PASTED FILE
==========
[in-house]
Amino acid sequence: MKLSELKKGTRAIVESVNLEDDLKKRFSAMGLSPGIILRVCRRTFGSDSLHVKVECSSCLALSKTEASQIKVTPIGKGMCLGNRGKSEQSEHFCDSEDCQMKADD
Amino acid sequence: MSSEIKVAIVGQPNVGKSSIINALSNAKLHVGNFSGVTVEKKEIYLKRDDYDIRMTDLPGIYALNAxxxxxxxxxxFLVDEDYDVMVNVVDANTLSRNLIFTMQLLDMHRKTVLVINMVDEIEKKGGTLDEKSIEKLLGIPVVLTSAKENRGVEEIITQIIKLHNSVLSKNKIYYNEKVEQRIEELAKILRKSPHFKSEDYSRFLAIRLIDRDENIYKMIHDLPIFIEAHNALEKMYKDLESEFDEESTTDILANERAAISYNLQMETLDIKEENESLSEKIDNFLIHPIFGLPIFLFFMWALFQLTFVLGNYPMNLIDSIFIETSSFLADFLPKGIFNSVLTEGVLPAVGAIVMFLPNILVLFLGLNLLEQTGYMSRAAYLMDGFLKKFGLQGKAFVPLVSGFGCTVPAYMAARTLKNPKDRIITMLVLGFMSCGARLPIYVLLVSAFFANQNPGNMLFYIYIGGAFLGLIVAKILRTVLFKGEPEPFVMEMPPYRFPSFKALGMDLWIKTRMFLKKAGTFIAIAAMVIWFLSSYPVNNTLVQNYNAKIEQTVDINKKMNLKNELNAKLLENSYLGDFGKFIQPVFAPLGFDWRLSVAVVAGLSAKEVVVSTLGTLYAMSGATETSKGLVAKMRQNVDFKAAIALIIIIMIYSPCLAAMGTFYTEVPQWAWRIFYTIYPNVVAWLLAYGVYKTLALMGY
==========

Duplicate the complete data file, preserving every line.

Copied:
[in-house]
Amino acid sequence: MKLSELKKGTRAIVESVNLEDDLKKRFSAMGLSPGIILRVCRRTFGSDSLHVKVECSSCLALSKTEASQIKVTPIGKGMCLGNRGKSEQSEHFCDSEDCQMKADD
Amino acid sequence: MSSEIKVAIVGQPNVGKSSIINALSNAKLHVGNFSGVTVEKKEIYLKRDDYDIRMTDLPGIYALNAxxxxxxxxxxFLVDEDYDVMVNVVDANTLSRNLIFTMQLLDMHRKTVLVINMVDEIEKKGGTLDEKSIEKLLGIPVVLTSAKENRGVEEIITQIIKLHNSVLSKNKIYYNEKVEQRIEELAKILRKSPHFKSEDYSRFLAIRLIDRDENIYKMIHDLPIFIEAHNALEKMYKDLESEFDEESTTDILANERAAISYNLQMETLDIKEENESLSEKIDNFLIHPIFGLPIFLFFMWALFQLTFVLGNYPMNLIDSIFIETSSFLADFLPKGIFNSVLTEGVLPAVGAIVMFLPNILVLFLGLNLLEQTGYMSRAAYLMDGFLKKFGLQGKAFVPLVSGFGCTVPAYMAARTLKNPKDRIITMLVLGFMSCGARLPIYVLLVSAFFANQNPGNMLFYIYIGGAFLGLIVAKILRTVLFKGEPEPFVMEMPPYRFPSFKALGMDLWIKTRMFLKKAGTFIAIAAMVIWFLSSYPVNNTLVQNYNAKIEQTVDINKKMNLKNELNAKLLENSYLGDFGKFIQPVFAPLGFDWRLSVAVVAGLSAKEVVVSTLGTLYAMSGATETSKGLVAKMRQNVDFKAAIALIIIIMIYSPCLAAMGTFYTEVPQWAWRIFYTIYPNVVAWLLAYGVYKTLALMGY